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Regional Conference on Plant Genetic Resources in West and Central Africa

This Conference was convened by IPGRI and held at IITA-Ibadan, Nigeria during 26-30 April 2004.

The Desert Margins Program presented a collective paper by all country coordinators entitled 'Elements of agro-biodiversity conservation and use in the desert margins of Sub-Saharan Africa'. This report presented some preliminary findings of the DMP's in-depth studies at its benchmark sites in each member country, where scientists carefully describe the current state of biodiversity, and monitor changes over time as human pressures on the land change. This information is vital for guiding policies and practices to protect native biodiversity.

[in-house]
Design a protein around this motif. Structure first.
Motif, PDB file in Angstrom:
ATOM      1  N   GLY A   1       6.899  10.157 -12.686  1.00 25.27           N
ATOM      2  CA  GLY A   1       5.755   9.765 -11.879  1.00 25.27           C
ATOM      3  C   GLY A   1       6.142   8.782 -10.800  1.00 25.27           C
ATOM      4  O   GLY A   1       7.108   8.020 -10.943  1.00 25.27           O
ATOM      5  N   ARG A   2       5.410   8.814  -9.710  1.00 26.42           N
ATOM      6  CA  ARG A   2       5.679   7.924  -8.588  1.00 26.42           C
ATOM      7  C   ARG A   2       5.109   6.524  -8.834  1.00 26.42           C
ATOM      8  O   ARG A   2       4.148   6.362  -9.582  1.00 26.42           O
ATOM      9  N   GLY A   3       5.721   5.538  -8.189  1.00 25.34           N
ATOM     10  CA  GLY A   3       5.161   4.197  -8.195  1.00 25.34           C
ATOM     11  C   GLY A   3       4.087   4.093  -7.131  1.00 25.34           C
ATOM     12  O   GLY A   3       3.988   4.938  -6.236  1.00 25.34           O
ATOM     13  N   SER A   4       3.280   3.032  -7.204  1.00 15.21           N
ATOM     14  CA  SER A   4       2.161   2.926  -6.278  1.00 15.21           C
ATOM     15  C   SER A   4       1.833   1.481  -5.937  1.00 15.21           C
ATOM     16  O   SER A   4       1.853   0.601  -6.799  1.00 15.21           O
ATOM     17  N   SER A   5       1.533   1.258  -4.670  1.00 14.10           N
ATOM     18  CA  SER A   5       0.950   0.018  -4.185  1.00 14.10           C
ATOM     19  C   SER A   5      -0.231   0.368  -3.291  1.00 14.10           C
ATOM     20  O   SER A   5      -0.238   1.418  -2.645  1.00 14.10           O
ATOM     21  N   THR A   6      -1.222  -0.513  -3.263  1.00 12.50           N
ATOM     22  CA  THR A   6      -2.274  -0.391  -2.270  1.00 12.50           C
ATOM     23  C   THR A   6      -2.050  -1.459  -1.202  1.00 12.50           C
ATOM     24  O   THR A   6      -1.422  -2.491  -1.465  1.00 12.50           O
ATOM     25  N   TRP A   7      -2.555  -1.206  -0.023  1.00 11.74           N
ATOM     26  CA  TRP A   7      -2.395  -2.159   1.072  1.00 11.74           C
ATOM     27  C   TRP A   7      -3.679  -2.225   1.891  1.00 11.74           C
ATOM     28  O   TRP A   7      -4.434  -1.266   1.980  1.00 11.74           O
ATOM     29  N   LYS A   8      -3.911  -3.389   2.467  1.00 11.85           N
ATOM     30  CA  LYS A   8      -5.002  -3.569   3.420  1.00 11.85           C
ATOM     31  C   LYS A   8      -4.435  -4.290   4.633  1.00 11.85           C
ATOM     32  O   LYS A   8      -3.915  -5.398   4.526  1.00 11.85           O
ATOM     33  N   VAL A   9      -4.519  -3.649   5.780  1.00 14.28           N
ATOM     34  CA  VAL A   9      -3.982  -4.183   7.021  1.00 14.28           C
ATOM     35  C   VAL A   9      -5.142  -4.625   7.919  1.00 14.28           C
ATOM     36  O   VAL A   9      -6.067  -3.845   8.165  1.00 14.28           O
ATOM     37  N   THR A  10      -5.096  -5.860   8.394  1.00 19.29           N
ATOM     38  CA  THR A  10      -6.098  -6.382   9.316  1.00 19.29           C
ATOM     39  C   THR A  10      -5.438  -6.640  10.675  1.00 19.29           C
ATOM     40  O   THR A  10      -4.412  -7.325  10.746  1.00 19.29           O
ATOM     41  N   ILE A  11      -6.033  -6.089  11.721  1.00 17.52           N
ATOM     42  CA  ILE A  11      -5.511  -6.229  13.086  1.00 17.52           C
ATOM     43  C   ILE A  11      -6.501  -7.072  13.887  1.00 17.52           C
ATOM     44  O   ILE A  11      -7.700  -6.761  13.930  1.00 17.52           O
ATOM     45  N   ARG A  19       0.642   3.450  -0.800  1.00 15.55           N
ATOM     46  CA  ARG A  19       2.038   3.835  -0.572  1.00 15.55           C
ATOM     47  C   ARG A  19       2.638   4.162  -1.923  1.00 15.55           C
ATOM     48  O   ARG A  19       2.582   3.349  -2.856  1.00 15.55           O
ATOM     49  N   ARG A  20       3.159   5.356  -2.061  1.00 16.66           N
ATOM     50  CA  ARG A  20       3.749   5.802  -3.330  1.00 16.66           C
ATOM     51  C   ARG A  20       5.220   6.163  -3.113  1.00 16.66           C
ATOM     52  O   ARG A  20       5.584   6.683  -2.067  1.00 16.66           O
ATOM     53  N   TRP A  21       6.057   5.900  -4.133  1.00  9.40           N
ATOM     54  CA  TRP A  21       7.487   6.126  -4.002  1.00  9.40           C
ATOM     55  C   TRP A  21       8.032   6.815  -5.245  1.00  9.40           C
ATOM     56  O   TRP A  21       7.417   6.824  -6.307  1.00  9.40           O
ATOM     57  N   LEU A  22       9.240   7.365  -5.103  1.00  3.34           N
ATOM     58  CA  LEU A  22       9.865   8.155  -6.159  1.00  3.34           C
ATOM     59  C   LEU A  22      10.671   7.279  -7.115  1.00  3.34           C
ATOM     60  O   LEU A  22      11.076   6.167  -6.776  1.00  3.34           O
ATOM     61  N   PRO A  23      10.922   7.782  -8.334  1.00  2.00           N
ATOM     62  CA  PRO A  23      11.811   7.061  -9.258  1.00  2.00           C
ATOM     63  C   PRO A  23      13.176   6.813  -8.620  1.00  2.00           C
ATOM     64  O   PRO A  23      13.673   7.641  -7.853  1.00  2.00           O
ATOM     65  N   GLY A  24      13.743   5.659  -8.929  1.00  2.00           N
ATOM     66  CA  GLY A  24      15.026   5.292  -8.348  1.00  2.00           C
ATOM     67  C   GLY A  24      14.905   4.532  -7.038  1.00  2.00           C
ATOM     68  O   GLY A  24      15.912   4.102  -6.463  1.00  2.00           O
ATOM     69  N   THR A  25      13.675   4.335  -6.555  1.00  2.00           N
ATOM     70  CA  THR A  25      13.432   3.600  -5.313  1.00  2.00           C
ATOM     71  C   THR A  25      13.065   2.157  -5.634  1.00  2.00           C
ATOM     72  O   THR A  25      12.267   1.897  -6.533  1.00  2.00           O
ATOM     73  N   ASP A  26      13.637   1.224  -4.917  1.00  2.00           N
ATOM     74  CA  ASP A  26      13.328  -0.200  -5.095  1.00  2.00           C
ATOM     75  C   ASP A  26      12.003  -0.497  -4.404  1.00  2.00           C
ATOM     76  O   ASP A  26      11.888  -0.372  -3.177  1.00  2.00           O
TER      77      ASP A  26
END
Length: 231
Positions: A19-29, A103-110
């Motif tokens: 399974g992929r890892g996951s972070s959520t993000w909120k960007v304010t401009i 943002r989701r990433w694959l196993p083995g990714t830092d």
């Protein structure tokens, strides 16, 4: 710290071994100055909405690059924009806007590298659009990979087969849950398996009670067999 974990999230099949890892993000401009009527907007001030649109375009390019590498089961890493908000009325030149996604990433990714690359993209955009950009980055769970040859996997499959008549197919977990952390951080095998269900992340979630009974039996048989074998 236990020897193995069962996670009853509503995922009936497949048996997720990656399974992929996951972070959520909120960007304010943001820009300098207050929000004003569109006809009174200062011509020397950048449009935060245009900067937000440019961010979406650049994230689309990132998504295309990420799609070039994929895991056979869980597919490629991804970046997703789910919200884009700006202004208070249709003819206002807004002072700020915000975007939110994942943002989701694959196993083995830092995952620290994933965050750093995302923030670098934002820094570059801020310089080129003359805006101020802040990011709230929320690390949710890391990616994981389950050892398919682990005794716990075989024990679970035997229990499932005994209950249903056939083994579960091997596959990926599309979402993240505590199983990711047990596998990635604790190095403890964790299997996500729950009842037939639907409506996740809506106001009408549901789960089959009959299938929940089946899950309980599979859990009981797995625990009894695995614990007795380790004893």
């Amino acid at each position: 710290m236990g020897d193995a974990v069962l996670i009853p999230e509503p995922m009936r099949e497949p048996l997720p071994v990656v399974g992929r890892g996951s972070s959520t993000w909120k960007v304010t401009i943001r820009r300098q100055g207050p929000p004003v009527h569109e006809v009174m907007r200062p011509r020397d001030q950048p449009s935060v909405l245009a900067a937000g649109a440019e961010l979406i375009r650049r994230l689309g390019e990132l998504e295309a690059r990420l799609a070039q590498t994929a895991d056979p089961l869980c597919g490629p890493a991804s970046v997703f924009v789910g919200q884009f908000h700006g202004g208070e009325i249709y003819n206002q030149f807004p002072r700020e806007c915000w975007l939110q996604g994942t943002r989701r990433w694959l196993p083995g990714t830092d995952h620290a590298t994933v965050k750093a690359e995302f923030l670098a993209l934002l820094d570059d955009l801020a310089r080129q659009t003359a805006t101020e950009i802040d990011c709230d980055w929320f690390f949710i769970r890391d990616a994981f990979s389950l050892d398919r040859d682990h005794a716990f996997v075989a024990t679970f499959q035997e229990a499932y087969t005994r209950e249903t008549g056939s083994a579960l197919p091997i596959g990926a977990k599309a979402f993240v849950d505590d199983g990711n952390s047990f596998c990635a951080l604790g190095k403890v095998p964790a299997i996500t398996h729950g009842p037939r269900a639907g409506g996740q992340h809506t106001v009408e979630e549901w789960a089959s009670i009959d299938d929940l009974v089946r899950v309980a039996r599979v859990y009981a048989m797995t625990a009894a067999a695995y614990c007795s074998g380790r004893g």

These studies were finding that, in contrast to other arid and semi-arid areas of Africa, there are relatively few species that are endemic to the Sahel (i.e. originated there and nowhere else). Many bio-geographers consider the Sahel to be a transition zone between the Soudano-Zambezian and the Saharo-Sindian zones of endemism.

The low biodiversity of the Sahel is probably for two main reasons:

  • Large fluctuations in climate associated with drought/recovery cycles, preventing the stable evolution of types adapted to a fixed set of conditions; and

  • The relatively homogeneous soil, which does not provide selective pressure for genetic diversification.

Other arid or semi-arid systems such as the Karoo-Namib in Southern Africa and the horn of Africa are more diverse in terms of soil and stable in terms of climate, and are correspondingly more biodiverse as well.

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